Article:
Common Hospice Myths
Even though hospice care is one of highest rated forms of medical care, many misconceptions still exist about what it is…and what it isn’t. Here are some of the most common hospice myths:
Hospice is for people who have no hope.
Truth: When you choose hospice care, you’re not giving up…you are taking charge of how you wish to spend the rest of your life. Because patients get substantial relief from pain and other symptoms – and their families are supported by a caring hospice team – they can share quality family time and have a meaningful, dignified and peaceful end-of-life experience. And this is what most people hope for.
Hospice is only for people with cancer.
Truth: Only about 40% of hospice patients have cancer; the other 60% have all types of progressive diseases, including heart, lung, kidney, vascular and neurological diseases, as well as AIDS, dementia and Alzheimer’s. Patients range in age from newborns to those who are more than 100 years old.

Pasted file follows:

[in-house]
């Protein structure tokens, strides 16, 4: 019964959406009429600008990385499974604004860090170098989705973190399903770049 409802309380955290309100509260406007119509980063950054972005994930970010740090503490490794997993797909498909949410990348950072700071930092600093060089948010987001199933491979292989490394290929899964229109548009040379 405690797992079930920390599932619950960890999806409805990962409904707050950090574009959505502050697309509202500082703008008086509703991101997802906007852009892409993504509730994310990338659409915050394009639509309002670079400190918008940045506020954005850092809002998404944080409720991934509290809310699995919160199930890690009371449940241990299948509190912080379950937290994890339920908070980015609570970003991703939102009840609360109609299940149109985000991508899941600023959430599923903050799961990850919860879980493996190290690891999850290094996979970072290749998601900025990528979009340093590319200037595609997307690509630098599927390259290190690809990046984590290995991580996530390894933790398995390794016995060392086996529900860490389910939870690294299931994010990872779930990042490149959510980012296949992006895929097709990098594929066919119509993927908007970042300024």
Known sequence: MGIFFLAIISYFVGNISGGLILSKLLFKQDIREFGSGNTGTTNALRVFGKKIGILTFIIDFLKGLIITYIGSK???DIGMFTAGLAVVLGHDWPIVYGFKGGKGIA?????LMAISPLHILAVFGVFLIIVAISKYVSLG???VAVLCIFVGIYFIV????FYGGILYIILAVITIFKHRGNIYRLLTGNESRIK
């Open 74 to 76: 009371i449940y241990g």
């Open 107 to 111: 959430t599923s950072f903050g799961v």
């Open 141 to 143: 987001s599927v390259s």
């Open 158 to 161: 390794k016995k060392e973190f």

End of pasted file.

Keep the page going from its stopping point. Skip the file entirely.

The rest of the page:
Hospice is a place.
Truth: Hospice is a philosophy of care — not a place — with a goal of providing holistic care in a non-hospital setting where patients can be surrounded by the people and things they love most. Patients can receive hospice care in their own homes, as well as in nursing homes, assisted living facilities or home-like, inpatient hospice centers.
Hospice is for people who only have a few days to live.